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Soaring costs of cancer care gives little pain relief to patients

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Medicare International has uncovered what it costs for an average cancer patient in Western Europe. With the proliferation of new expensive cancer treatments on the market, coupled with government being unable to fund the specific needs of each patient on a case-by-case basis, costs are becoming prohibitive without the correct insurance.

 

Take breast cancer. Western society has the highest rate of the disease, where, according to the World Health Organisation, one in 16 women in Western Europe will be affected by breast cancer. In the UK, nearly 46,000 women are diagnosed with breast cancer each year, and more than 1,000 women die of the disease each month.

 

With such a huge rise in the number of women who are now treated for this disease, comes with it a huge rise in costs. Thankfully the sophisticated drugs now available are helping more and more women to beat breast cancer. Figures produced by Cancer Research in the UK suggest survival rates for breast cancer have been improving for more than 20 years. The estimated five-year survival rate for women diagnosed in England and Wales in 2001-2003 was 80%, compared with only 52% for women diagnosed in 1971-1975. Some drugs or combinations are more suited than others and finding the right balance can be an expensive business that may not necessarily provide a cure, but it can make life more comfortable. For national healthcare organisations and individuals to absorb these costs has become very difficult.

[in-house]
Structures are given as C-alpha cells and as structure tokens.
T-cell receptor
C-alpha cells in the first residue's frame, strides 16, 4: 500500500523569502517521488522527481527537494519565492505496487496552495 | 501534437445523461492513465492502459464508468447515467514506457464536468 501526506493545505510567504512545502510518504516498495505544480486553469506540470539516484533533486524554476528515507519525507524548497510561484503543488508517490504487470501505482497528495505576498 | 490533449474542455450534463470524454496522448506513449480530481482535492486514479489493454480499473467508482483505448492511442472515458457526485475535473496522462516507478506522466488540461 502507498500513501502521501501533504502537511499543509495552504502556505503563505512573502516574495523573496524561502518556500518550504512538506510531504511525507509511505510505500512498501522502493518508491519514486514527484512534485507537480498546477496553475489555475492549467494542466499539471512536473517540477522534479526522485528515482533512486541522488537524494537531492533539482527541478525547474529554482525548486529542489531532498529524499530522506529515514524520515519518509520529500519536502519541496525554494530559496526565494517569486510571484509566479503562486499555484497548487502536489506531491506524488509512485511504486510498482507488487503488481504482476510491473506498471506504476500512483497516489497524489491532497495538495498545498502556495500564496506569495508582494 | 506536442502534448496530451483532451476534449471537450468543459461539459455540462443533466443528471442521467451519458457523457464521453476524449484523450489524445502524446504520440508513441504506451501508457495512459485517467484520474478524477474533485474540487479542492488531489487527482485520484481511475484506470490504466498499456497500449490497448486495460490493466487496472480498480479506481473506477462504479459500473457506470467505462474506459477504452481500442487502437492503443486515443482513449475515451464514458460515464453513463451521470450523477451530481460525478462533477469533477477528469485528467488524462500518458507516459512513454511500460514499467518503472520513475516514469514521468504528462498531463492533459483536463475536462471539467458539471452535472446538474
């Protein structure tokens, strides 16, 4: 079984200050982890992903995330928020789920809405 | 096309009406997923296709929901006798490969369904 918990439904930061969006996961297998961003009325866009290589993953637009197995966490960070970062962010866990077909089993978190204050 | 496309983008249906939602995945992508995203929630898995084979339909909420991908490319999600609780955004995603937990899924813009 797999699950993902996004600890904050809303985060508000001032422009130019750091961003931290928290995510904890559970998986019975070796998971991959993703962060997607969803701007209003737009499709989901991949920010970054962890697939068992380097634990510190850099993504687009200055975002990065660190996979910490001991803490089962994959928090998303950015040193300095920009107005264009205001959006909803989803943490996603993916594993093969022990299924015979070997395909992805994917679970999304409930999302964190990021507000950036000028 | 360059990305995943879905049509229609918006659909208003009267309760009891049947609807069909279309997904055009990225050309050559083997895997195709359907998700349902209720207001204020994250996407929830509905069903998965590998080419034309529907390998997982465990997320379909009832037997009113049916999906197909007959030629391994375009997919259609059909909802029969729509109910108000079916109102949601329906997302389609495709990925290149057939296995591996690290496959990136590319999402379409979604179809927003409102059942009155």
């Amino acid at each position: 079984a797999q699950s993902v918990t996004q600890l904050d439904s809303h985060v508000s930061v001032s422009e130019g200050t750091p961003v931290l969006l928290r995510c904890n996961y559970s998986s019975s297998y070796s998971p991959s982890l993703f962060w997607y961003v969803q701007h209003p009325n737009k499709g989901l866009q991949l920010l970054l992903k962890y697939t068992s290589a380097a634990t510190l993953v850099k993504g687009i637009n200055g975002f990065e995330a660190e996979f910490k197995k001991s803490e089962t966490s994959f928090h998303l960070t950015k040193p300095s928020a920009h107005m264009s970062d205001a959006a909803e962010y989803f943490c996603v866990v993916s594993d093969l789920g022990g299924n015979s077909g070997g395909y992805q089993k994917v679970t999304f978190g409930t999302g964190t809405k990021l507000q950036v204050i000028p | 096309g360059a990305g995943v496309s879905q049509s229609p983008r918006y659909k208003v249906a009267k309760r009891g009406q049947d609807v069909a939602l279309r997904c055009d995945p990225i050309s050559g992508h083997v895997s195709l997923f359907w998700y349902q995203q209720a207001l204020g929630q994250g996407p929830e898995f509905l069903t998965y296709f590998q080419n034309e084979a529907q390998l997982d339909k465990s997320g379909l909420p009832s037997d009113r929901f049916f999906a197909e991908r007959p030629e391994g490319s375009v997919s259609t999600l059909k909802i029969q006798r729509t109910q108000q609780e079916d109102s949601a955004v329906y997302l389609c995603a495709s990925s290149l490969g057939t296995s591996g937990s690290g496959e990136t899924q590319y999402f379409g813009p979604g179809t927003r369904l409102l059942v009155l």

Typically, in the UK, an initial consultation costs on average £180, with a mammogram at around £100. Additional diagnosis in relation to breast cancer care, including blood count and liver function totals just under £400. Should surgery be needed, the costs begin to increase significantly. A lumpectomy costs approximately £2,500, rising to £6,000 for a full mastectomy. On top of this, the patient needs nursing and accommodation, which costs around £500 per day.

 

Without taking into consideration the costs of drugs used to relieve the symptoms of breast cancer post-op, either chemotherapy or radiotherapy will be needed as part of the treatment. The costs are considerable, with an average of six chemotherapy sessions needed at a cost of up to £4,000 per session. Radiotherapy costs on average £900 per session.

 

David Pryor of MediCare International says: “Healthcare costs relating to cancer diagnosis and treatment are becoming prohibitively expensive, and drugs are often being denied to patients being treated by their national healthcare scheme, because they are simply unable to afford the costs. We see this in the UK, but also in many countries around the world that are popular expatriate destinations, whether for work or retirement. With all the costs involved in treating cancer, it is vital that individuals get the protection they need. Breast cancer is an example of a potentially fatal disease which is being treated successfully now in most cases, due to early detection. However, it is still prevalent and on the increase throughout the world, and more particularly in the West. It pays to protect yourself, so you can focus on getting better rather than worrying about what may be being denied to you.”

  

International health insurance: News update: October 2008

 

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